Sun. Oct 17th, 2021
  • Europol will be able to add alerts to the Schengen Information System
  • Better collaboration with private parties
  • New independent Fundamental Rights Officer

MEPs agreed on Tuesday to boost Europol’s capacity to support crime-fighting in the member states.

The Civil Liberties Committee has adopted its position on two proposals aimed at reinforcing Europol’s mandate and balancing the new capabilities with stronger fundamental rights safeguards and oversight.

The texts were approved with 47 in favour, 16 against (data processing, cooperation, research and development), and 48 in favour, 15 against (Schengen Information System alerts).

The first initiative allows Europol to enter alerts into the Schengen Information System (SIS) – currently only member states can do it. Because the SIS is widely used by front-line security officers in the member states, the new capabilities could help plug information gaps about third-country nationals. Europol could add information alerts about criminal suspects or convicted people, and these would stay active in the system for three years.

Under the second draft bill, Europol will be able to exchange data with private companies, for example communication services, when dealing with terrorist content or child sexual abuse material. In certain circumstances, Europol will also be allowed to process personal data, which will have to be deleted after a certain time.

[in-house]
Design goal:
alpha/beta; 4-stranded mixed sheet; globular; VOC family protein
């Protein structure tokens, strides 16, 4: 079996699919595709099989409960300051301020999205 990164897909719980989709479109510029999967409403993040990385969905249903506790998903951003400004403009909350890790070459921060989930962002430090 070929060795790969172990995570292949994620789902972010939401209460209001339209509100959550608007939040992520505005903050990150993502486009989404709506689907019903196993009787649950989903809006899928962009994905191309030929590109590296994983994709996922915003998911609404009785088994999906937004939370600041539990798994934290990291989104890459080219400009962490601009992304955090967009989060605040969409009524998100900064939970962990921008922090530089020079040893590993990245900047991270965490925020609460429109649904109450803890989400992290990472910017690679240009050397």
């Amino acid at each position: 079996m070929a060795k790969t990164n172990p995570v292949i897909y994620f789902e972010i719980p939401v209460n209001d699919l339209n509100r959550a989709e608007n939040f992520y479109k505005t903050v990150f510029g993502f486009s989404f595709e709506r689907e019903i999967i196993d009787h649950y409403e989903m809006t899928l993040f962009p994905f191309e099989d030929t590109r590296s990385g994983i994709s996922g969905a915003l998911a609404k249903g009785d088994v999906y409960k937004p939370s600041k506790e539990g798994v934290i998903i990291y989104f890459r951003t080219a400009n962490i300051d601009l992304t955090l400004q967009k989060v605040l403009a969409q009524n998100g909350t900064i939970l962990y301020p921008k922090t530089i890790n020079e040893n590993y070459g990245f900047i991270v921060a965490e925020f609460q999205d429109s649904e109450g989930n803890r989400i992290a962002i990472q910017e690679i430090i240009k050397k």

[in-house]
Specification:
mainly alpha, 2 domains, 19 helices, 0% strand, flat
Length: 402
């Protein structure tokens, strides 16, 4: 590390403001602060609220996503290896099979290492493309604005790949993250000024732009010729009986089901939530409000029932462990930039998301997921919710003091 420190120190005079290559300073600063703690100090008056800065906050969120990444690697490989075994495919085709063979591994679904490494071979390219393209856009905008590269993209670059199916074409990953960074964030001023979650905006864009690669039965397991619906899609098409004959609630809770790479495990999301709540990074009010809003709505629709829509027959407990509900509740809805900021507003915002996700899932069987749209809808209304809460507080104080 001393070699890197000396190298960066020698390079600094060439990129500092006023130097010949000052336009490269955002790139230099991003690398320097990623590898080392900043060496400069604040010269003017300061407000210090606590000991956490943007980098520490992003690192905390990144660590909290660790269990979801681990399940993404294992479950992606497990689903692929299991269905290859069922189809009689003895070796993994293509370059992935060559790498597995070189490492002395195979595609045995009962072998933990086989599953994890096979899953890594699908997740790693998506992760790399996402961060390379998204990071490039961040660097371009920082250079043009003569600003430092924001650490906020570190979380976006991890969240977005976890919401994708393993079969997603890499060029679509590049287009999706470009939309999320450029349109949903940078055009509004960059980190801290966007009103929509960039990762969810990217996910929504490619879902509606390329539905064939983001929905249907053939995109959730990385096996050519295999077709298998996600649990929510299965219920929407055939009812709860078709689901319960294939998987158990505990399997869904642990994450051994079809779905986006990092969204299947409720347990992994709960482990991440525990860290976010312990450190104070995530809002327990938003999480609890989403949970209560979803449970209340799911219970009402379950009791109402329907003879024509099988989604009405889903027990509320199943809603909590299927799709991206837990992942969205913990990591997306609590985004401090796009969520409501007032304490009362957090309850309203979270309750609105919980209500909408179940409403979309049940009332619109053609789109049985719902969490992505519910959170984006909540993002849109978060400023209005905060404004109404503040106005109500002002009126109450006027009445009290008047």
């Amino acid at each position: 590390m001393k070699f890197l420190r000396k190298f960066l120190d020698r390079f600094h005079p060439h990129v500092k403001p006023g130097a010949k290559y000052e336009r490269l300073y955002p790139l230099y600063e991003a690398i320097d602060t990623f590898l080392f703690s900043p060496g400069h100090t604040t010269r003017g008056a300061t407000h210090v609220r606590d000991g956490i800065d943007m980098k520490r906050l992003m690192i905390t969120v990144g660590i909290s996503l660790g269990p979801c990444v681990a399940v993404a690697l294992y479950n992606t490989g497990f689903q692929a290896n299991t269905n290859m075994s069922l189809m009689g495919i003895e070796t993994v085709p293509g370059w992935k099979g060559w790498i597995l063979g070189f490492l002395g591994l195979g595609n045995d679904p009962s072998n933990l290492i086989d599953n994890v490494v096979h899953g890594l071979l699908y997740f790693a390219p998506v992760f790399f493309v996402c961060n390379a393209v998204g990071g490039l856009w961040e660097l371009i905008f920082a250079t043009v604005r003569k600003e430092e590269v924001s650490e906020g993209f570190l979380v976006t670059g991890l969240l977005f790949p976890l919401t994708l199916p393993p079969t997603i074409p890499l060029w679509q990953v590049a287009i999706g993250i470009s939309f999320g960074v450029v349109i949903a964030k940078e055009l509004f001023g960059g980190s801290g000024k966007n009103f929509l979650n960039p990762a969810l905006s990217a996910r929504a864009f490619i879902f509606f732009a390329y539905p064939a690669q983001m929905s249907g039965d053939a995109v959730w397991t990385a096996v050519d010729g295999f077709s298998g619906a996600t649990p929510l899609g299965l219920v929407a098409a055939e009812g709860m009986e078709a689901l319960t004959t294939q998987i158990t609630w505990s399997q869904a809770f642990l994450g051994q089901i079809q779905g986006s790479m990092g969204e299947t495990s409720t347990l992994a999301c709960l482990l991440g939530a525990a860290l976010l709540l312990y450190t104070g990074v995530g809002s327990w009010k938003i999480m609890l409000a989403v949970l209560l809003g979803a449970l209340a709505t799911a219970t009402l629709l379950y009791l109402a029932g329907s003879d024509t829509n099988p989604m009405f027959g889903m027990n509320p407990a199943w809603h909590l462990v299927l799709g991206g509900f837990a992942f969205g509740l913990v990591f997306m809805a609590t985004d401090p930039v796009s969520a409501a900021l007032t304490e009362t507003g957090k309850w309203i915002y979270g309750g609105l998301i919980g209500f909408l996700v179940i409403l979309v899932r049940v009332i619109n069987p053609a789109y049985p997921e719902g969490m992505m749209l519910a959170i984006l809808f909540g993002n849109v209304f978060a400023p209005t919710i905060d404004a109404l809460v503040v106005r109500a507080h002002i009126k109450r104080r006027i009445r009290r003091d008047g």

Stronger mandate, stronger oversight

The updated mandate of the European police agency reflects rapid changes in technology, which is also impacting criminal activities and law enforcement. The reinforced powers allow Europol to pursue research and development projects in relevant areas, and to help member states in screening foreign direct investment from a safety perspective.

To balance the new capabilities with rights safeguards, Europol’s Management Board must also nominate a Fundamental Rights Officer, and its officers should receive training about fundamental rights. As regards data processing, the European Data Protection Supervisor (EDPS) will have oversight over Europol’s personal data processing operations, and work with the agency’s Data Protection Officer.

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After the vote, rapporteur Javier Zarzalejos (EPP, Spain) said: “All the political groups actively participated in the negotiations and the European Parliament has a strong mandate to negotiate with the Council. The new Europol Regulation will mean a reinforced tool for Europol to support the work of Member States’ law enforcement authorities in countering the evolving and increasingly complex security threats.”

Next steps

Before negotiations with the Council can start, the draft negotiating positions will need to be endorsed by the whole house in a future session.

Further information